Written by Margaret Odrowaz-Sypniewska


The roots of heraldry go back to Ancient Egypt, when shields or symbols were carried to battle. However, in Europe, heraldry is a hereditary use of an arrangement of charges or devices in a shield. Between 1135 and 1155 heraldic shields were adopted in England, France, Germany, Spain, and Italy. The Viking's sailing ships had arms displayed on their sails. The Scottish clans had the lion, Anglo-Saxons had the horse, while Charlesmagne had the eagle, which today is used in many German arms.

Heraldry in its early stages had a strong military association, and was used for identification of knights in armor on the battlefield. A man in armor was very difficult to recognize. Thomas Woodcock states in The Oxford Guide to Heraldry, that "William the Conquerer ... was forced to remove his helmet, in the thick of the battle of Hastings, in order to identify himself to his followers, who thought he had been killed." Theorists say that "arms were painted on shields so warriors could be recognized by their followers after the development of the closed helmet, which completely concealed a man's face" (Woodcock). Arms were also worn on knight's surcoats - the tunic that they wore over their armour - thus the expression "coat of arms."

A man held land in return for military service. The hereditary nature of heraldry is from feudal practices. Knights were the first nobility. However, others argue that land barons held the first true arms. Land barons held vast estates, and went to great lengths to "shield" themselves from the burdens of knighthood. High ranking landowners held arms as a "vanity" rather than a practical military device, much like the painting of faces or wearing of colorful clothes.

Tournaments began in France in the 11th century and were a means for knights to train for battle. Knights travelled around the world to make their fortunes in tournaments and it became a great display of pageantry. Arms (weapons) were normally only held by the knightly class.

Arms thus became the rank of nobles. Ambitious knights were paid well and given titles by their land ownings. This is proven by the fact that all of William the Conqueror's men soon took great portions of the land in England in the form of thanks for backing the Conquerer. He rewarded them after his conquest.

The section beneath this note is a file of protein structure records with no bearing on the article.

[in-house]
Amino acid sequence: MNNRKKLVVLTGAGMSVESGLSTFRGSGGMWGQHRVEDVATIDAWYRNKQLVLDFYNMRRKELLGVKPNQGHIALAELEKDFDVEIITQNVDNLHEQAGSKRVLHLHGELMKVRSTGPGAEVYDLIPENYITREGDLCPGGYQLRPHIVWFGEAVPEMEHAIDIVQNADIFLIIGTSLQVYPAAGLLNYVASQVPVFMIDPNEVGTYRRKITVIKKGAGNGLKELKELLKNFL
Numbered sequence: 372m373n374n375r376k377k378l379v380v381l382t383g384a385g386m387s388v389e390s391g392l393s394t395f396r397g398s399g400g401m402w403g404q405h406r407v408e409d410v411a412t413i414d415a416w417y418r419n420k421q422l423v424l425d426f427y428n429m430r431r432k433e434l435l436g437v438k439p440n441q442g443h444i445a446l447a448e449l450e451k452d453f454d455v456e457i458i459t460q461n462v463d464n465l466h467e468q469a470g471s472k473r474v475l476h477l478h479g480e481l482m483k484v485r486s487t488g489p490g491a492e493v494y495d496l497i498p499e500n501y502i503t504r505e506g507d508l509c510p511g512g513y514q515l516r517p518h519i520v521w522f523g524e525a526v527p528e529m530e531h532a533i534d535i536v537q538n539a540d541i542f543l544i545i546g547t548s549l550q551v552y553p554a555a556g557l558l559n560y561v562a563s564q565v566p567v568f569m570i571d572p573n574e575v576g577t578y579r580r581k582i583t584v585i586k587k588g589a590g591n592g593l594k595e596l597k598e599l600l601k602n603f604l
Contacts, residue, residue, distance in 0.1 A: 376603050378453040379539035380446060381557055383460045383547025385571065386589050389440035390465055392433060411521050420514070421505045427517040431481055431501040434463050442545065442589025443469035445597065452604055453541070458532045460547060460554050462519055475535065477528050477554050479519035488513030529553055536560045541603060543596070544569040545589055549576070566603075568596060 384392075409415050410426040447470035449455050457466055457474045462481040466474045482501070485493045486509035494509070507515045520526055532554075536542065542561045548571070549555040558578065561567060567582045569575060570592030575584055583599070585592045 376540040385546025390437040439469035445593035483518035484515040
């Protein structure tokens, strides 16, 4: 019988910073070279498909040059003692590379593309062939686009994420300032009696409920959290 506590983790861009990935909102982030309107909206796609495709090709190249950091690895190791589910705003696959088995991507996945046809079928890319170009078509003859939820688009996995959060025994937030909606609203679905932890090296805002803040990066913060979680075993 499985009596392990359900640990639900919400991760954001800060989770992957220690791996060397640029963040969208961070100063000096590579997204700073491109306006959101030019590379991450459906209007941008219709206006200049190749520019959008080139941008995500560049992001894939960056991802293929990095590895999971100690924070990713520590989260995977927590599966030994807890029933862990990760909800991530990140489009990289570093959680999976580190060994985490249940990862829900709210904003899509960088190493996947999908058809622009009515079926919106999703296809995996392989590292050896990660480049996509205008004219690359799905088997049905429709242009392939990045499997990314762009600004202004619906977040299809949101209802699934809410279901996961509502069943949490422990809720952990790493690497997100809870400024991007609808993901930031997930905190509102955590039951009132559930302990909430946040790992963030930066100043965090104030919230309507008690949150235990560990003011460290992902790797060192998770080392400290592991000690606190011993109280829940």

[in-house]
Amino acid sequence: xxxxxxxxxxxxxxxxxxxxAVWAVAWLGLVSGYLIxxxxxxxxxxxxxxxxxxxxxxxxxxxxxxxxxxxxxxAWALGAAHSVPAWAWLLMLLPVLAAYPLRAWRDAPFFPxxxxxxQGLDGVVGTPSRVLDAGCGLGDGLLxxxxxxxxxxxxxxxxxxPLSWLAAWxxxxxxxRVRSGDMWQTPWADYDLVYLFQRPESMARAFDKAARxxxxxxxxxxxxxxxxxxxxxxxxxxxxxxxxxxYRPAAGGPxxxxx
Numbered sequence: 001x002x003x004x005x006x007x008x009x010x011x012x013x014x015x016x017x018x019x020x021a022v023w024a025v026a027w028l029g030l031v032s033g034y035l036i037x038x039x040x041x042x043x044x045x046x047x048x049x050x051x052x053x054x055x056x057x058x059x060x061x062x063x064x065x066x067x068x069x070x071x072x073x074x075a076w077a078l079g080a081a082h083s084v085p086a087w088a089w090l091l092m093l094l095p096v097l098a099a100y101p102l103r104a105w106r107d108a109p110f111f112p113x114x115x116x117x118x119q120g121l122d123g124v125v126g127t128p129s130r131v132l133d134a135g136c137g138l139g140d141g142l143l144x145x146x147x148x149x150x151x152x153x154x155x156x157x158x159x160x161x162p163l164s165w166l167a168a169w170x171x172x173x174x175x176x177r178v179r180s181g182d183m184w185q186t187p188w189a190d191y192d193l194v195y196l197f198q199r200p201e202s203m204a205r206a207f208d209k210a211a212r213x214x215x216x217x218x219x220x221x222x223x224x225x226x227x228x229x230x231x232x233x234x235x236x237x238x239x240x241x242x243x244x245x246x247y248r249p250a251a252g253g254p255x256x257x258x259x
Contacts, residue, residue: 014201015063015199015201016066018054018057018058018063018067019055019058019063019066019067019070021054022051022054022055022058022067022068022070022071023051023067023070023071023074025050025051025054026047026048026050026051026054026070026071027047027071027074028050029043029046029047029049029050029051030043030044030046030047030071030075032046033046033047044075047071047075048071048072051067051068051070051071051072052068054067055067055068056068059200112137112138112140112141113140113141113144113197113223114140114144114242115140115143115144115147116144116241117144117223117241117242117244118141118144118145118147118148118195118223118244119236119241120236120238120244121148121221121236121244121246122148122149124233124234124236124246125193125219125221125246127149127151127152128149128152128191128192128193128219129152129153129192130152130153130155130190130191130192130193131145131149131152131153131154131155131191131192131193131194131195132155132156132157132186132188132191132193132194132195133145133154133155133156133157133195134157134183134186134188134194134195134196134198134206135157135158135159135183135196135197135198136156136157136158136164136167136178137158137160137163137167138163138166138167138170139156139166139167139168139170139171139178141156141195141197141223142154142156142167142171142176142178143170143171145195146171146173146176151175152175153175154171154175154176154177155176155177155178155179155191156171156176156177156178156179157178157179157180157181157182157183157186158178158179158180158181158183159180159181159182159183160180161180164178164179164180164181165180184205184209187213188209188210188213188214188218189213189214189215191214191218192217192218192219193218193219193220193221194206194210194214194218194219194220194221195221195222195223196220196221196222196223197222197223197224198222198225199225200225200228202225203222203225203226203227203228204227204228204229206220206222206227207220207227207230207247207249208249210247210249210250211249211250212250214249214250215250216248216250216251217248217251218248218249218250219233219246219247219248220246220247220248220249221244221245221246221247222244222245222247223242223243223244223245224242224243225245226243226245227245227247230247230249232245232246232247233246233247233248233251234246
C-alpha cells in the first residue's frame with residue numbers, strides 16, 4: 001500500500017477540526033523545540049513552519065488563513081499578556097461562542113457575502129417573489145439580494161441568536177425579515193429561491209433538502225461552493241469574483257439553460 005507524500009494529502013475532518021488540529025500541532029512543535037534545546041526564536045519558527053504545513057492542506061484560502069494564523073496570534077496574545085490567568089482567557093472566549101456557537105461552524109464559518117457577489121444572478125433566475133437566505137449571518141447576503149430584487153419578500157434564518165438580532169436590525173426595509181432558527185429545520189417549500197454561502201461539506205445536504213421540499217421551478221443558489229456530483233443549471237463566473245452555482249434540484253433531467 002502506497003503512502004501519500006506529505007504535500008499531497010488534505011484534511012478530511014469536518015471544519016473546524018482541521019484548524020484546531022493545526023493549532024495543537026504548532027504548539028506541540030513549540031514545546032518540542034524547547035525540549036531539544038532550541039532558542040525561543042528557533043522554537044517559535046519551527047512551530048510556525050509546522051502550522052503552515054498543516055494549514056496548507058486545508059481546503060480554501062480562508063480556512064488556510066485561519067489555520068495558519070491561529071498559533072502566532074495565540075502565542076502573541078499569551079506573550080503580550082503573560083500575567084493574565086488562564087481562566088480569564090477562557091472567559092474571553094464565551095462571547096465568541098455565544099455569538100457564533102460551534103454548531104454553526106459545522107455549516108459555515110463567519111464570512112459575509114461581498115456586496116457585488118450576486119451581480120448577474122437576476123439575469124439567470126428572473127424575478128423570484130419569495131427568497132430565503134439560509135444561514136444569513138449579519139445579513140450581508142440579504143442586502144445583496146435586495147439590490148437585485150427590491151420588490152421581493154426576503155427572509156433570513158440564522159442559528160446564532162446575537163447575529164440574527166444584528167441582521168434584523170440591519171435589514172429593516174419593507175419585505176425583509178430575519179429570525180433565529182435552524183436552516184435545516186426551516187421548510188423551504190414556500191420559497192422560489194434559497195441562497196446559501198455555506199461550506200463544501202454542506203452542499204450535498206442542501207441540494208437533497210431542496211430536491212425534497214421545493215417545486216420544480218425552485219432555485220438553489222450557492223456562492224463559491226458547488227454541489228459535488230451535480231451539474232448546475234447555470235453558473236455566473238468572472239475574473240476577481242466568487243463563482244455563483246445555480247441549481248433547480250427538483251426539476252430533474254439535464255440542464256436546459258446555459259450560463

Only in certain cases could one of the lesser ranks rise in standing. For example, in 1389, John de Kyngeston was challenged to a joust by a French knight. Richard III made Kyngeston a gentleman and Esquire, and gave him a coats of arms and weapons (not all that unlike the way we pay our own athletes).

Leaders were generally land owners of the upper class; therefore, everyone who had an arm was a gentleman and every gentleman had arms. Gentlemen existed before there were coats of arms and later the connection between the two evolved into what it is today (vanity and status).

Unmarried daughters and widows used their father's arms, or their late husband's and father's arms on a lozenge. Married women bore their husband's and father's arms as a shield (Woodcock).

Heraldry can easily be seen as an art form. Heraldry began in the twelfth century. At this time, there was an emphasis on decoration. Visual art had much to do with its development, and art has always been a part of this. Crests and arms were not only for identification in battle, but for visual enjoyment and impact. Artist often elolved many a fanciful creature or plant into their own version (Gwynn-Jones, Peter, The Art of Heraldry: Origins, Symbols, and Designs. New York: Barnes and Noble Books, 1998). Since arms meant weapons too - that meant that only "gentlemen" held weapons. "Gentleman" means "a man entitled to bear arms." Grants of arms thus were patents of gentility.

Many descend from a long line of "armigerous ancestors" all for the glorious deeds (Fox-Davies, A Guide to Heraldry).


  • Given to those of hereditary nobilty and rank An intregal part of warfare
  • Used for decorations and pageantry
  • Originally, the decoration of helmets was considered pure vanity. However, as these forms developed they also afforded the wearer protection from blows to the head. Basically they deflected swords. These helmet crests also had the purpose of identifying the wearer. Crest comes form the word crist meaning "cock's comb." One knows that many men liked to strut around, like the rooster, to attract the eye of a pretty young maid, thus the name and the purpose.

  • "By use of certain coats of arms, you assert your descent from a person to whom those arms were granted, confirmed, or allowed. That is the beginning and end of armoury. Why seek to make it mean more(Davies 18)?


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